The first month of 2014 hasn’t even come to an end, but we’ve already been flooded with records and new music that are setting the tone for the year ahead. In what will be a regular column of sorts, here we take a look at some new releases that have just landed on our collective laps all from different corners.
2014 is already looking well for black metal with a couple of high profile releases on the way in the coming months. Not so much on the radar is Idaho-based label Sol y Nieve, who are releasing the Nemorensis album The Lady in the Lake, an adventurous 27 minute excursion into the murky abyss.
First we’re enveloped by swelling drones that grow in intensity and frankly, is anything but black metal but this creeping wall of sound is laying out its cards as eerie chanted hymns start emerging from the fog. As the minutes trudge on and the atmosphere grows tenser, Nemorensis eventually morphs into a familiar beast, where piercing lead guitars begin rupturing this droning ambience and soon lo-fi juddering raw black metal takes control.
The vocals are buried deep in the mix, sounding like a tortured soul in the depths beneath a mire of frosty guitars and waves of noise. The guitars remain the focal point but it’s around the 13 minute mark that Nemorensis start throwing some spanners into the works with more meandering synths washing over the wretched howls that start dying away into the cloudy murk once again.
Lady in the Lake is an album of defined sections and chapters. It could have been separated into three tracks but Nemorensis have opted for one complete suite, which doesn’t hamper its end result and is still best enjoyed as one whole piece – one of the first really exciting black metal releases of 2014.
Finland’s stoner metallers Altar of Betelgeuze just recently dropped their first album, Darkness Sustains the Silence through Memento Mori. With an official release date of January 1st, the band seemed eager to hit the ground running with this first long player. They’re an unfamiliar name broadly speaking and with this album, they’ve made a valiant effort that deserves a few hat tips in their direction but the record falls down in the area of quality control.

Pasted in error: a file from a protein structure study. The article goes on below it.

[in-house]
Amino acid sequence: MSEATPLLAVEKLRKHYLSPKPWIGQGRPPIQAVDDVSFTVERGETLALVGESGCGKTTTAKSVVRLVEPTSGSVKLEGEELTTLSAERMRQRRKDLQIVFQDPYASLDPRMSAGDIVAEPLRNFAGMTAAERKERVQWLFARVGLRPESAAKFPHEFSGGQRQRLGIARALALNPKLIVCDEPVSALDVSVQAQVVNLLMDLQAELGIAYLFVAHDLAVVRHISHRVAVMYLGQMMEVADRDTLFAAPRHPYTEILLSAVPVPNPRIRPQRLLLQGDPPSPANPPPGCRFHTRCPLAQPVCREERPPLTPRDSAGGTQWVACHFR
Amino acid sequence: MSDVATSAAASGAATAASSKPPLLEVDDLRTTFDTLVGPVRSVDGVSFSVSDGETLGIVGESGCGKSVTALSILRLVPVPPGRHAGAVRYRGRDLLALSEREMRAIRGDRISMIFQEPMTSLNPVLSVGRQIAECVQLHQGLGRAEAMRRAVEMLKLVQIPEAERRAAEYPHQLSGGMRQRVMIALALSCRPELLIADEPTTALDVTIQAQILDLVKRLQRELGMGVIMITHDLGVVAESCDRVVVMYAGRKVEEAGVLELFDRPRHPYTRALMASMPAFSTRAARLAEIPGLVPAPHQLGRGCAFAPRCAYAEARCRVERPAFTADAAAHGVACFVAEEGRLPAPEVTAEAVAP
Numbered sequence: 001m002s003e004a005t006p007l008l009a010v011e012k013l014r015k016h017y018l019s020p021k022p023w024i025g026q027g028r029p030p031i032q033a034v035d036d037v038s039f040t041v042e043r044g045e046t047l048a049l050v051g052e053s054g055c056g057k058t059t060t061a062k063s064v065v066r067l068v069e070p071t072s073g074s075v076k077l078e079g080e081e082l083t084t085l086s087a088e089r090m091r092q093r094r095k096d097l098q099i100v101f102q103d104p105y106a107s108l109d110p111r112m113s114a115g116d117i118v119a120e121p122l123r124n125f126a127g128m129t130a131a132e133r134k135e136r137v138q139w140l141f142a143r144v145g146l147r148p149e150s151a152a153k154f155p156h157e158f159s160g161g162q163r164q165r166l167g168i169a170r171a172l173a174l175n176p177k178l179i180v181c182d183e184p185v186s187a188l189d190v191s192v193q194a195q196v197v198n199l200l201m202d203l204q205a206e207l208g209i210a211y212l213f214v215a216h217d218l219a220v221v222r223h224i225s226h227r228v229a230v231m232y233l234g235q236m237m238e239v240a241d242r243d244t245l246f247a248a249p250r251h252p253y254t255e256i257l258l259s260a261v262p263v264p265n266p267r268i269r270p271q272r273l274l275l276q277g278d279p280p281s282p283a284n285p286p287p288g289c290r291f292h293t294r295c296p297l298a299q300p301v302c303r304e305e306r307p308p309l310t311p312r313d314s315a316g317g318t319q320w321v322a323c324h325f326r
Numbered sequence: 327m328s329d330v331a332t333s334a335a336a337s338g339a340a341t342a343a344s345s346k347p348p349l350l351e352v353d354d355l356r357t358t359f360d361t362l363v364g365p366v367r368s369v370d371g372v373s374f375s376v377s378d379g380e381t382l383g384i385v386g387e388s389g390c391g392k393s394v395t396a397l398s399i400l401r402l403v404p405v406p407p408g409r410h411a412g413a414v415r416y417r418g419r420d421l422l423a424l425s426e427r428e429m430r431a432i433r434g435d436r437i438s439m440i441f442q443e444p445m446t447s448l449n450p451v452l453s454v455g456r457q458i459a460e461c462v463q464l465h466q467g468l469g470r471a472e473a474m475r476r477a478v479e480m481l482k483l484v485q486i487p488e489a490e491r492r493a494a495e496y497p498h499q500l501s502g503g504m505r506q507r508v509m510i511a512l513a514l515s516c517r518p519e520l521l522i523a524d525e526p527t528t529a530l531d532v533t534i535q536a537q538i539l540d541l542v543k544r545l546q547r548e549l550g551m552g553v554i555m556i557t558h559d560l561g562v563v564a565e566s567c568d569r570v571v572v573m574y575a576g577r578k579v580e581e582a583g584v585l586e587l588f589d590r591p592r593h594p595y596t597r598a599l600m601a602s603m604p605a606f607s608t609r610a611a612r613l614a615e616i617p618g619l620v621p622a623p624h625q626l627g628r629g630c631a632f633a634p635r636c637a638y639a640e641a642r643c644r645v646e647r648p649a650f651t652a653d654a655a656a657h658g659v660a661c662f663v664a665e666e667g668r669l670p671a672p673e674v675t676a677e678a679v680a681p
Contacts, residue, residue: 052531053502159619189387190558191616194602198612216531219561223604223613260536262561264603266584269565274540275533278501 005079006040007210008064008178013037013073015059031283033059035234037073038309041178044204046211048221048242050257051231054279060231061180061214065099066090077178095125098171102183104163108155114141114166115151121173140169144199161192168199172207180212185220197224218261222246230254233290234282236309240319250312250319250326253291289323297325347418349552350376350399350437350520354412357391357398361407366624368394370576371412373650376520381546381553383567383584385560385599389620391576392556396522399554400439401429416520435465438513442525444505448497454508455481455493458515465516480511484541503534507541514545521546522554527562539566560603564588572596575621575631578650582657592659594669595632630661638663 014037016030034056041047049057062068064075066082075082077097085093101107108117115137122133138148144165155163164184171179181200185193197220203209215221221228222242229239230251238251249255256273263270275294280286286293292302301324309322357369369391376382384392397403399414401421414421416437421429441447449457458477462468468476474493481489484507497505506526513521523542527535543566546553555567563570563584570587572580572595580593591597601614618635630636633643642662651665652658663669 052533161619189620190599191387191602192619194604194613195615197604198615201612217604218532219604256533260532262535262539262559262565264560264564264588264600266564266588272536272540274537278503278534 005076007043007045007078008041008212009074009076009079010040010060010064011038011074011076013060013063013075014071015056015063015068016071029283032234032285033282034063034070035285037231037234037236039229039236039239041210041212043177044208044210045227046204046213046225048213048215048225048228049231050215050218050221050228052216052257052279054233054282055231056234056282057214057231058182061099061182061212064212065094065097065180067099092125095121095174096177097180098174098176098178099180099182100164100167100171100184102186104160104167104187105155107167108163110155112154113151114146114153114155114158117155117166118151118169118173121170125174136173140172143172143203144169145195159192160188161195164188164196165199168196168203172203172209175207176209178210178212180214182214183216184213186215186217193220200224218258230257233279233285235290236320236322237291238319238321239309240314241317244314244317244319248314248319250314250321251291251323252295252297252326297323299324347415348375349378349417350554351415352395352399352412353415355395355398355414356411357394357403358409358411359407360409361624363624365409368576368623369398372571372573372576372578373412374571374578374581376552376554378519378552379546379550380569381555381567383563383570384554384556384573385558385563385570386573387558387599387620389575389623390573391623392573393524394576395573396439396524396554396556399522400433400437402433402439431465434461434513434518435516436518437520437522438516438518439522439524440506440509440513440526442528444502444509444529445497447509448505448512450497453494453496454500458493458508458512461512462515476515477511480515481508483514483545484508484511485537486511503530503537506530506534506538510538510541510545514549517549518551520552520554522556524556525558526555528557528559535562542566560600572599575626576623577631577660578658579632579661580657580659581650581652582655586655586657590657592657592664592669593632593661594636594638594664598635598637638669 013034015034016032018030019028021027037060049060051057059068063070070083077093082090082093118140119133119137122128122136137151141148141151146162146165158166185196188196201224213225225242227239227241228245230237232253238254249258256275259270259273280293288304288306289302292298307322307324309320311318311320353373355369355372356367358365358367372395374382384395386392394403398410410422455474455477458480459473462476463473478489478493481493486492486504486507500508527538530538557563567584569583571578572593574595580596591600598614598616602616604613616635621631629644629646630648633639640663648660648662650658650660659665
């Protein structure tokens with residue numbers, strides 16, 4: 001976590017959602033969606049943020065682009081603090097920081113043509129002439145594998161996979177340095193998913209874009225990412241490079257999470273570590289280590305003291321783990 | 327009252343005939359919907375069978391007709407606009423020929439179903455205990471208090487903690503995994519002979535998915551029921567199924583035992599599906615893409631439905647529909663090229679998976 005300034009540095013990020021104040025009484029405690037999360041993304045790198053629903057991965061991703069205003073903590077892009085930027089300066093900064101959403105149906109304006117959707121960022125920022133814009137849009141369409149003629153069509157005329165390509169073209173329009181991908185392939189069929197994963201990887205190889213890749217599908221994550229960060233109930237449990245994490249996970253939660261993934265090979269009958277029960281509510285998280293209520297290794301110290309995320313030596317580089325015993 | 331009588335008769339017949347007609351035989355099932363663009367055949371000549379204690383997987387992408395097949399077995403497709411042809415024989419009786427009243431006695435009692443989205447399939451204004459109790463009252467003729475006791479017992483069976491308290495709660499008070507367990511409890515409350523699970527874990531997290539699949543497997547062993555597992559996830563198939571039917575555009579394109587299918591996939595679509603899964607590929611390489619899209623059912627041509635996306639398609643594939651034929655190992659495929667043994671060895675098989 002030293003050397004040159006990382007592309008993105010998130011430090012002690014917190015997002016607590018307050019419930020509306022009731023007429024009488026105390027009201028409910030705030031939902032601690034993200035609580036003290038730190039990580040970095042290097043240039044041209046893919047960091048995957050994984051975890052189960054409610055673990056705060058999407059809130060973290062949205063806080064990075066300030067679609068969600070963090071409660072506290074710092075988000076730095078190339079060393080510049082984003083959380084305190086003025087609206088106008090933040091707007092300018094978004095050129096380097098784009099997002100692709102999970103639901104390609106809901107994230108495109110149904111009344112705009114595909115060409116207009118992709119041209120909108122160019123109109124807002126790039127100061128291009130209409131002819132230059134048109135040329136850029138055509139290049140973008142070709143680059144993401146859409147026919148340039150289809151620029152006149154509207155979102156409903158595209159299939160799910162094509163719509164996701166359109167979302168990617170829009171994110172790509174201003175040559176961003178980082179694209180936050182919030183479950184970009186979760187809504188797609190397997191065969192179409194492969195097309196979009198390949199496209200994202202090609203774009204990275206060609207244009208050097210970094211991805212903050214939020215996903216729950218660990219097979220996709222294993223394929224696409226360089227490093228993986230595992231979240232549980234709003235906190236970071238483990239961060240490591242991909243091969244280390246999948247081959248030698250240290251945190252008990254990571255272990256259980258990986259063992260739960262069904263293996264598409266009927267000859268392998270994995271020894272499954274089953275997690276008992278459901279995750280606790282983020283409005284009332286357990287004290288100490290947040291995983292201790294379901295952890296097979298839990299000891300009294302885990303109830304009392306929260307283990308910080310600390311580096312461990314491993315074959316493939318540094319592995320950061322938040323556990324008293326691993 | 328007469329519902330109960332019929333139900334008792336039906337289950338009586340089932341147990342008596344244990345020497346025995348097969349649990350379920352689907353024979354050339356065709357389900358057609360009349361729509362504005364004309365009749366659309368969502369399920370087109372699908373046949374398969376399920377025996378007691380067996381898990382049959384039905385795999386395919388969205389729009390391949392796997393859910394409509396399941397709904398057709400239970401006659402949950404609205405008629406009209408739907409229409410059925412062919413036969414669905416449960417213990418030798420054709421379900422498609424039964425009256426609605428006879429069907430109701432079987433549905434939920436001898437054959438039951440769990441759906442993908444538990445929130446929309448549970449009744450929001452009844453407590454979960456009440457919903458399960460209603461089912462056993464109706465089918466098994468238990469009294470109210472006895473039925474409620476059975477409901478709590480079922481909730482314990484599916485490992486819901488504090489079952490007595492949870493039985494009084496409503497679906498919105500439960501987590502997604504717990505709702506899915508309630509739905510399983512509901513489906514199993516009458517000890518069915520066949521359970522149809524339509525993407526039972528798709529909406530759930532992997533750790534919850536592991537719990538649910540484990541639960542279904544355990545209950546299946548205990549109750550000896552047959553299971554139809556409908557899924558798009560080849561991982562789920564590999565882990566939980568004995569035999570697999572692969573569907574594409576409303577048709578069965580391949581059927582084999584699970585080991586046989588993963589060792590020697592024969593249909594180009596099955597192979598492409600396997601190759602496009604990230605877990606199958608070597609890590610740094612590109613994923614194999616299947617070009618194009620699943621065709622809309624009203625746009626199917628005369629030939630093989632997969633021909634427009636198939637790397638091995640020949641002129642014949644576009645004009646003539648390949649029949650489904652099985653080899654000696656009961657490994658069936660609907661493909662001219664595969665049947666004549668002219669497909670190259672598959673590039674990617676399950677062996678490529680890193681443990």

Clocking in at an hour and bustling with heaving slabs of sludged-out doom, Altar of Betelgeuze have made their influences and intentions quite clear. First track proper ‘A World Without End’ certainly makes for a promising start but the band often recoil back to trusty tools. Hefty riffs from the Sleep, Electric Wizard et al academies rule the roost on this one with the vocals swaying between upbeat melodic yells to guttural deathly growls. On paper it all sounds great and at certain moments it is, see ‘The Spiral of Decay’, and if AOB trimmed some of the fatty tracks off this LP, it could have really been onto something but it rather becomes a slog after the midway point, especially when the 17 minute title track closer comes bounding in.
They are a band clearly infatuated with all things old school (and Lovecraft too it would seem). Where the likes of Portal and StarGazer take their respective paths through murky, experimental terrain, Innsmouth opt for a clearer, straight-forward approach with no messing about, which is both to their benefit and detriment.
The former because Innsmouth stay focused on the task at hand, delivering crunching mid-tempo DM with nods towards their elders. The latter because the album can become samey at times, never straying too far from the bone covered path that adorns the album cover.
That said, ‘Dead In The Water’, the record’s opener lays down an almighty gauntlet to begin with hooky riffs to complement the caustic barking vocals. The guitars are a definite focal point for this band, really drawing attention more so than the vocals, like the punishing ‘Five Branches Against Doom’. Overall, it’s a solid release from these Aussies for what is their debut full-length.
It’s just 20 minutes long, and one track, but this all that Alkerdeel and Gnaw Their Tongues need to envelope the listener in a world of mysterious darkness. Both respective entities have black metal strains in their blood but neither are explicitly BM, rather using the element as one more layer on deeply uncomfortable sounds. This certainly manifests itself on Dyodyo Asema with creeping electronics, agitated guitars and miasmic vocals.
This collaboration isn’t for the faint of heart and definitely won’t win over anyone that hasn’t been previously taken by the horror of Gnaw Their Tongues but for the initiated it’s business as usual and business is grim.
Finally, Abbotoirwere the first Irish band to release something this year, with Reclaim, a hefty one track accompaniment to last year’s impressive MCMXV album. The Belfast funeral doom trio had been threatening to release something special for some time and MCMXV was just that with two deathly tales near thirty minutes each. Reclaim, with its track ‘Descension’, more or less picks up where that release left off and feels like a leftover cut that didn’t make it onto the album but was too good, and too long, to leave to waste. Stream the track in full below as Abbotoir are one band definitely worth keeping an eye on this year.
Other reviews recently published:
Alcest – Shelter
Benighted – Carnivore Sublime
Hexis – Abalam
Culted – Oblique To All Paths
Lvcifyre – Svn Eater